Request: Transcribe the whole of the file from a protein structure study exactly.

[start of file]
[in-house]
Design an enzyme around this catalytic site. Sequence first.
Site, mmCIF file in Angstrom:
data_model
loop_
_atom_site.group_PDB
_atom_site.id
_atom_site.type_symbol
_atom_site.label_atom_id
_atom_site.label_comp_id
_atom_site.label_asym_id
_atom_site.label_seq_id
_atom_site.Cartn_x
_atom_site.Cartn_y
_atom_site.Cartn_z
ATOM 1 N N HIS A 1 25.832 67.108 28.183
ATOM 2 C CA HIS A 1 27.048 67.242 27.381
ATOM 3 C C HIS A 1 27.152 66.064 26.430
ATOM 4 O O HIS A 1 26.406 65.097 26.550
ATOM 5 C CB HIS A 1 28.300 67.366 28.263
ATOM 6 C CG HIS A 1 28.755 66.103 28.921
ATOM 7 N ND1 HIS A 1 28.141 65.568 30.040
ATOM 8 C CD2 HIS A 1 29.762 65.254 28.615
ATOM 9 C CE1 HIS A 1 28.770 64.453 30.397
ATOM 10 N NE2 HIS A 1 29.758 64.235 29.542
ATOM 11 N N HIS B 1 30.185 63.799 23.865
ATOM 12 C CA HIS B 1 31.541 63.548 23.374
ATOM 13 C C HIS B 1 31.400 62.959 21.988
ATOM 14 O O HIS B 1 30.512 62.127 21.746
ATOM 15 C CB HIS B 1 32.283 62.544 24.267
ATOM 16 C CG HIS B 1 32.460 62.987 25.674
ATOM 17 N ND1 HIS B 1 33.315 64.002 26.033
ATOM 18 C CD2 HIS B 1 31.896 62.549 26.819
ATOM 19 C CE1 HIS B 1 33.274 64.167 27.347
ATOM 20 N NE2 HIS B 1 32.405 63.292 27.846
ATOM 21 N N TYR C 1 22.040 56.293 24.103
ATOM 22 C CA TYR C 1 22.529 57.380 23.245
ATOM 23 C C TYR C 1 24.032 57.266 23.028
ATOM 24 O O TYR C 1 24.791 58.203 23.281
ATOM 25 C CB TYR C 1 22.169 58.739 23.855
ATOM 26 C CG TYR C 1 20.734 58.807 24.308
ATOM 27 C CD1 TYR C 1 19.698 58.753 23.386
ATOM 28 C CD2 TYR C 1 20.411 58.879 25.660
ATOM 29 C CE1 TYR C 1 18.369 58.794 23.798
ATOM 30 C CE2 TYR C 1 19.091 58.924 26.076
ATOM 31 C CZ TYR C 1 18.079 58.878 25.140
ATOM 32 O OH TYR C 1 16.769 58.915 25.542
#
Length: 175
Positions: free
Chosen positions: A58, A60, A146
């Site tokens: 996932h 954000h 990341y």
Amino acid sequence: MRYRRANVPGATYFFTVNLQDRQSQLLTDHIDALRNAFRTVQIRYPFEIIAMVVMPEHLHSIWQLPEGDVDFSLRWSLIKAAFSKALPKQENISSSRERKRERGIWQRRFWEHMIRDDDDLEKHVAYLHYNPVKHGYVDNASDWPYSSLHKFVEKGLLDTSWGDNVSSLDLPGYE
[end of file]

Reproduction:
[in-house]
Design an enzyme around this catalytic site. Sequence first.
Site, mmCIF file in Angstrom:
data_model
loop_
_atom_site.group_PDB
_atom_site.id
_atom_site.type_symbol
_atom_site.label_atom_id
_atom_site.label_comp_id
_atom_site.label_asym_id
_atom_site.label_seq_id
_atom_site.Cartn_x
_atom_site.Cartn_y
_atom_site.Cartn_z
ATOM 1 N N HIS A 1 25.832 67.108 28.183
ATOM 2 C CA HIS A 1 27.048 67.242 27.381
ATOM 3 C C HIS A 1 27.152 66.064 26.430
ATOM 4 O O HIS A 1 26.406 65.097 26.550
ATOM 5 C CB HIS A 1 28.300 67.366 28.263
ATOM 6 C CG HIS A 1 28.755 66.103 28.921
ATOM 7 N ND1 HIS A 1 28.141 65.568 30.040
ATOM 8 C CD2 HIS A 1 29.762 65.254 28.615
ATOM 9 C CE1 HIS A 1 28.770 64.453 30.397
ATOM 10 N NE2 HIS A 1 29.758 64.235 29.542
ATOM 11 N N HIS B 1 30.185 63.799 23.865
ATOM 12 C CA HIS B 1 31.541 63.548 23.374
ATOM 13 C C HIS B 1 31.400 62.959 21.988
ATOM 14 O O HIS B 1 30.512 62.127 21.746
ATOM 15 C CB HIS B 1 32.283 62.544 24.267
ATOM 16 C CG HIS B 1 32.460 62.987 25.674
ATOM 17 N ND1 HIS B 1 33.315 64.002 26.033
ATOM 18 C CD2 HIS B 1 31.896 62.549 26.819
ATOM 19 C CE1 HIS B 1 33.274 64.167 27.347
ATOM 20 N NE2 HIS B 1 32.405 63.292 27.846
ATOM 21 N N TYR C 1 22.040 56.293 24.103
ATOM 22 C CA TYR C 1 22.529 57.380 23.245
ATOM 23 C C TYR C 1 24.032 57.266 23.028
ATOM 24 O O TYR C 1 24.791 58.203 23.281
ATOM 25 C CB TYR C 1 22.169 58.739 23.855
ATOM 26 C CG TYR C 1 20.734 58.807 24.308
ATOM 27 C CD1 TYR C 1 19.698 58.753 23.386
ATOM 28 C CD2 TYR C 1 20.411 58.879 25.660
ATOM 29 C CE1 TYR C 1 18.369 58.794 23.798
ATOM 30 C CE2 TYR C 1 19.091 58.924 26.076
ATOM 31 C CZ TYR C 1 18.079 58.878 25.140
ATOM 32 O OH TYR C 1 16.769 58.915 25.542
#
Length: 175
Positions: free
Chosen positions: A58, A60, A146
């Site tokens: 996932h 954000h 990341y």
Amino acid sequence: MRYRRANVPGATYFFTVNLQDRQSQLLTDHIDALRNAFRTVQIRYPFEIIAMVVMPEHLHSIWQLPEGDVDFSLRWSLIKAAFSKALPKQENISSSRERKRERGIWQRRFWEHMIRDDDDLEKHVAYLHYNPVKHGYVDNASDWPYSSLHKFVEKGLLDTSWGDNVSSLDLPGYE